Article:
NFL pre-game shows are still useless


Every year around this time, I stop to see if the streak is alive. Nobody should care, but it is:

In nearly 40 years of writing this column, not once have I heard from a single reader that he prefers one NFL studio pre-game show over another, let alone all the others. . He never came. The only thing recognized is that shows – on CBS, Fox, ESPN, NFL Network – are getting longer, fueling their commercial value and uselessness to viewers.

No network even tries to distinguish its pre-game show from the others. These are, in weekly form, festivals of forced laughter, intentionally dull and flat, as if Roger Goodell is holding the master circuit to cut the juice and burn the contract if anyone dares to explain why a player has come out with “problems out.” ground”. “The truth, in Goodell’s NFL, is an act of sedition.

“So Coach, who do you like in the Seahawks-Lions today, see here on Fox?” “Well, they have to establish the race first…” Apparently we’re supposed to care about the answer, but we don’t, never have, and never will. Yet the scripts never change.

There will be some irrelevant stats to feign preparation and enlightenment, and maybe CBS ‘“Weekend” Boomer Esiason, the fake, will reprise his role as a mute choirboy while Fox’s Jimmy Johnson still wears this look that he can’t believe he gets paid for.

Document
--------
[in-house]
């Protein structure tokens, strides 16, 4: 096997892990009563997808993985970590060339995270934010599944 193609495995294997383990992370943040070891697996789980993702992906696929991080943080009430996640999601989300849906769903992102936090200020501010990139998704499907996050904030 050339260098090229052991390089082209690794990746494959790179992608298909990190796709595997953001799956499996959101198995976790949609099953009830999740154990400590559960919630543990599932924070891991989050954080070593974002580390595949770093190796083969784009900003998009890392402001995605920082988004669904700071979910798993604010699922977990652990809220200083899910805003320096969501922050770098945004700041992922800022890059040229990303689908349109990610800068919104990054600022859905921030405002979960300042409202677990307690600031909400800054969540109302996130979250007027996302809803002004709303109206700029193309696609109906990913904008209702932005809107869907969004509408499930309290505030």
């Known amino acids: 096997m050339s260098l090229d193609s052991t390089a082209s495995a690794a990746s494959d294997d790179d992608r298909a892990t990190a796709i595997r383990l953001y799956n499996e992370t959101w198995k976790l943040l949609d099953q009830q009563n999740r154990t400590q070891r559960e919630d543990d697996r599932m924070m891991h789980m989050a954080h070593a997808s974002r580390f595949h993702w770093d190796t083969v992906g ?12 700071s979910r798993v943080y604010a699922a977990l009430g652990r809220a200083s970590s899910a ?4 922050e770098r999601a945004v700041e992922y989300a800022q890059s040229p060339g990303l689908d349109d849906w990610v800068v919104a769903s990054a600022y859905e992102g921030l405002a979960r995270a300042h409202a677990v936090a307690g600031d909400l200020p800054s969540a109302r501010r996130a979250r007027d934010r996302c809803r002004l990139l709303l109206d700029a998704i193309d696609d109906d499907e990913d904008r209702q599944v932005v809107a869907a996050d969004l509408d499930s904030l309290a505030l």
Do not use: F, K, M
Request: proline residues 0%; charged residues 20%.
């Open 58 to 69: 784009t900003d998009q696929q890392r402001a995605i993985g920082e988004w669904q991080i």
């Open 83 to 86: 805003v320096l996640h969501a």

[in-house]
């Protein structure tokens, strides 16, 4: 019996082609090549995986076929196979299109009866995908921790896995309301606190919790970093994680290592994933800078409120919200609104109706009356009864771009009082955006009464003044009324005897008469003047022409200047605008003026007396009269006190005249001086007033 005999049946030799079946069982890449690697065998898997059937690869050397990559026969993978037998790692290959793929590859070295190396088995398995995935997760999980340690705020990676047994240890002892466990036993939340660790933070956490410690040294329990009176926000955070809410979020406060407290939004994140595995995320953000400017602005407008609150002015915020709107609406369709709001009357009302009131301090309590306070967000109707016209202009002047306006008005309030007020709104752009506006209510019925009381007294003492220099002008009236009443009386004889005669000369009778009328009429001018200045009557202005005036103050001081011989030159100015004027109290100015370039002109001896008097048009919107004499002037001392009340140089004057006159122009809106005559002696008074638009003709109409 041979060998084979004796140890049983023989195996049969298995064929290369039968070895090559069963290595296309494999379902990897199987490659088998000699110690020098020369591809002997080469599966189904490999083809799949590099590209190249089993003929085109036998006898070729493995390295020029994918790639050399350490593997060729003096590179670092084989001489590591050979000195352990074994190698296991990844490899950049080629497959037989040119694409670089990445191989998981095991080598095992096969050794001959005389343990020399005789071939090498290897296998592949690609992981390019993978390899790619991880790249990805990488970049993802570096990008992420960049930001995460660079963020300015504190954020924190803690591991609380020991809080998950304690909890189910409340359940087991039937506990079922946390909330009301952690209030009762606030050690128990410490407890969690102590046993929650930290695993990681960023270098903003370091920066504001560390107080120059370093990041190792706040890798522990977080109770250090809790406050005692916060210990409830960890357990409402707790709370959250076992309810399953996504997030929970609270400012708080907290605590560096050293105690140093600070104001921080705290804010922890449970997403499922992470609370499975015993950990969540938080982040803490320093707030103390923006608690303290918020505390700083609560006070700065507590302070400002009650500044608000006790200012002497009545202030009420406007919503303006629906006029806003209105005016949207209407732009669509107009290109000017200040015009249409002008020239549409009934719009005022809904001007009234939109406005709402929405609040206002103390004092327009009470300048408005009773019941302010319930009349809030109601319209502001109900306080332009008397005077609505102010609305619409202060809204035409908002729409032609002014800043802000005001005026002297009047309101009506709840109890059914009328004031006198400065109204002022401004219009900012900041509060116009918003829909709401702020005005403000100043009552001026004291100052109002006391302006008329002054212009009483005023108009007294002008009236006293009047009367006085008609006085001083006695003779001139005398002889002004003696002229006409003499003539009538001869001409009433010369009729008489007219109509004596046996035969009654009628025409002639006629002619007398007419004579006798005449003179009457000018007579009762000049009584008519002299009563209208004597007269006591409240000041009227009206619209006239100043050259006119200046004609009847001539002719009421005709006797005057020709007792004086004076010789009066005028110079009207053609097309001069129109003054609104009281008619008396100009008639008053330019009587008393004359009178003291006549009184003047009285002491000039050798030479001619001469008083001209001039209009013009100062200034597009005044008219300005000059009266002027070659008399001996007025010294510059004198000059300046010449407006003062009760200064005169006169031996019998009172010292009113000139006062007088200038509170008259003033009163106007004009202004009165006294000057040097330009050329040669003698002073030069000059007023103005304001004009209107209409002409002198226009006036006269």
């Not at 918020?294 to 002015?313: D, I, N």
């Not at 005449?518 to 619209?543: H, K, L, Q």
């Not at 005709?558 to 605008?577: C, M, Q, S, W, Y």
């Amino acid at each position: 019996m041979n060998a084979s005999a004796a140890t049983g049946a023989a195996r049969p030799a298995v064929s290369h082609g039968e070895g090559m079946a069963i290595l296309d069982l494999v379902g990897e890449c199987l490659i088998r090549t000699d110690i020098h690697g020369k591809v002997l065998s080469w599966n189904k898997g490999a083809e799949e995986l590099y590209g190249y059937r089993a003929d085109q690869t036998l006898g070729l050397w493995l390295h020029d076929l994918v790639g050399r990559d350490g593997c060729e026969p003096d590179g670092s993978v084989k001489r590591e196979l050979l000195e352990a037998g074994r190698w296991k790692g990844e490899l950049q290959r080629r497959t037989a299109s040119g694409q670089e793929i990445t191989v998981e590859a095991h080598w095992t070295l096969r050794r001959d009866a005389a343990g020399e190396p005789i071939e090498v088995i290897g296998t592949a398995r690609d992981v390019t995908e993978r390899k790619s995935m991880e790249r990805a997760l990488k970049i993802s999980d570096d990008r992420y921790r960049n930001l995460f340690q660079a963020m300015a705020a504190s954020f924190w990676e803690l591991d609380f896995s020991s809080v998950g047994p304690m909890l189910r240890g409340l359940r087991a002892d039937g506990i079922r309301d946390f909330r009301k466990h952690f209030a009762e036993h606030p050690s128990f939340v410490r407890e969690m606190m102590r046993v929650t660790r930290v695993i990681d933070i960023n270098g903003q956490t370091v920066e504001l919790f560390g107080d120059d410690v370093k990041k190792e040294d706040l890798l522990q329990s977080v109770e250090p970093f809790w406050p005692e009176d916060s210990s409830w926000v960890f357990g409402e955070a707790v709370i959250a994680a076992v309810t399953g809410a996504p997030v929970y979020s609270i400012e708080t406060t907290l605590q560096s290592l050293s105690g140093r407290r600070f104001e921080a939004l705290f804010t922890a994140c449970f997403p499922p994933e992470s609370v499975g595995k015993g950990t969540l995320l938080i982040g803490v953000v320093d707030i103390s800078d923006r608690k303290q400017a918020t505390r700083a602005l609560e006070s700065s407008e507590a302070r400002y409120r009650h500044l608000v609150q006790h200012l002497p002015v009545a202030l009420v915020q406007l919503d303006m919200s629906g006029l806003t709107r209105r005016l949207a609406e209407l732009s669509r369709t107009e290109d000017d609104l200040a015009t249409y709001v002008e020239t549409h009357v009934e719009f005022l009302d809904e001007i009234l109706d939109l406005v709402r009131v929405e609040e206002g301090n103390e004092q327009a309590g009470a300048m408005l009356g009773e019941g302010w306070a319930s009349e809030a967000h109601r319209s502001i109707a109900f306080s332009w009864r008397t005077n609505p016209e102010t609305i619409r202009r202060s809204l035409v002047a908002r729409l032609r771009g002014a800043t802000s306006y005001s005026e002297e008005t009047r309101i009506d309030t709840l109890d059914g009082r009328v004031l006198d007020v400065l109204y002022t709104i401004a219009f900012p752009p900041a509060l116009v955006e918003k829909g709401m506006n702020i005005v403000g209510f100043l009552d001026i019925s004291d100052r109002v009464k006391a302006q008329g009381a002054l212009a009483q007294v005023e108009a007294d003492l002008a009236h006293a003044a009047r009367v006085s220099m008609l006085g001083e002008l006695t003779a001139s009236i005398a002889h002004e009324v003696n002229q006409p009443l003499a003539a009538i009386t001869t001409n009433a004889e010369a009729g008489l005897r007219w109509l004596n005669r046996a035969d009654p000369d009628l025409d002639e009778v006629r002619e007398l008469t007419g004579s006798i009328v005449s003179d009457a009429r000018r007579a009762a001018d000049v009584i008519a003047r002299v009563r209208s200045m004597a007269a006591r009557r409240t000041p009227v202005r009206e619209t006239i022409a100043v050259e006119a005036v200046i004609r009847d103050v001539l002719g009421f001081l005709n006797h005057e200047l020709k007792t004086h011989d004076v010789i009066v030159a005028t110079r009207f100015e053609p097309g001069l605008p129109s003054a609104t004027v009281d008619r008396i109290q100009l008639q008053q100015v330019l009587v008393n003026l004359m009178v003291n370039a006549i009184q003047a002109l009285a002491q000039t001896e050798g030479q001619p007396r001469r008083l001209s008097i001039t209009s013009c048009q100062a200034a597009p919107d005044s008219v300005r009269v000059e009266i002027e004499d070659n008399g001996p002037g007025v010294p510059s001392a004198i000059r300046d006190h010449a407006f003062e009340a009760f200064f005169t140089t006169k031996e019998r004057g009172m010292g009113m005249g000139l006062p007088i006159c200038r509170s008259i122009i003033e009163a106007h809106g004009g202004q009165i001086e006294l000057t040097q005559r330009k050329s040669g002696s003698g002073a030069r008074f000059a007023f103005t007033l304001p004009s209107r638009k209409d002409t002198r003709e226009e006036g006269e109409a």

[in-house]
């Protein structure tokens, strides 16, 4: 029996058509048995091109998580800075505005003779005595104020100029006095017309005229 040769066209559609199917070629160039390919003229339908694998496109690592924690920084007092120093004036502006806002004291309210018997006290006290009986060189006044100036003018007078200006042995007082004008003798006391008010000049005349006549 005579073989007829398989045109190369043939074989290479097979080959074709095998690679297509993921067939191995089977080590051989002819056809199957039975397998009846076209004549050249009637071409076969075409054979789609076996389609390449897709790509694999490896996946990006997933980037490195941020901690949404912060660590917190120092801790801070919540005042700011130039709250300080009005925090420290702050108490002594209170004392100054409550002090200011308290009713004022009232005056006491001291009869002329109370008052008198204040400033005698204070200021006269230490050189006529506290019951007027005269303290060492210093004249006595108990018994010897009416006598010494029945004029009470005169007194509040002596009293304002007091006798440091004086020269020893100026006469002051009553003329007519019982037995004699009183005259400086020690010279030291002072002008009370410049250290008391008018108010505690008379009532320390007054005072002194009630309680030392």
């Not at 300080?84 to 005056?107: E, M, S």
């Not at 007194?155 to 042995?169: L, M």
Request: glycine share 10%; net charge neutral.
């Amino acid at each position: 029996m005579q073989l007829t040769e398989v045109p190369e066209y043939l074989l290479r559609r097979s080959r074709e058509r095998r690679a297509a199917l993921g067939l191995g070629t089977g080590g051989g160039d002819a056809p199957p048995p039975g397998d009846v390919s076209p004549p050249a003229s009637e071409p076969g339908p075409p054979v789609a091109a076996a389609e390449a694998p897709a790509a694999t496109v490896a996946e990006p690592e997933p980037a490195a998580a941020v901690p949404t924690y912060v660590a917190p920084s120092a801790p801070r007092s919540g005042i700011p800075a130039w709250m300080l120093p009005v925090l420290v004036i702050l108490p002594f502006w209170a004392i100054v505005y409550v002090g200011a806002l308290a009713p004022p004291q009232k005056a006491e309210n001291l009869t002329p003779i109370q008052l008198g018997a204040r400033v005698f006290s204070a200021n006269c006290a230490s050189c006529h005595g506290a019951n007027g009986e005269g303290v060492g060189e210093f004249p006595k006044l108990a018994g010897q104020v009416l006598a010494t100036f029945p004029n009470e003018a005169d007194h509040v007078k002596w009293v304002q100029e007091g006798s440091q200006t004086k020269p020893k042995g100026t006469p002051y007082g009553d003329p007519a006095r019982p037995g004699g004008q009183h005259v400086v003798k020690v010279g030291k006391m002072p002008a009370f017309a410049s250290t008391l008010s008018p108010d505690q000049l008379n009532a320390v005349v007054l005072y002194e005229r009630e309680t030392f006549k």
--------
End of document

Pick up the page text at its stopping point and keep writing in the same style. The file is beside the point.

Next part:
NFL pre-game broadcasts will always be useless, writes The Post's Phil Mushnick.
NFL pre-game broadcasts will always be useless, writes The Post’s Phil Mushnick.

Panelists, as they come and go, have increased in number per show, ensuring that intelligent conversation will be lost for single sentence entries and exits. And even more forced laughs.

Fox’s Jay Glazer seems a solid source on scratches and rumors from the latest players, but that’s it.

So how does a network attract and then maintain a loyal pre-game NFL following? How would any of them know if none of them even bothered to try?

At the start of this season, I saw a defensive back, lying on the pitch, almost motionless after a helmet-to-shoulder collision. His head was immobilized and soon a stretcher transported him to an ambulance which left. The key reporter noted that her arms were moving and said she would keep us posted. So what ?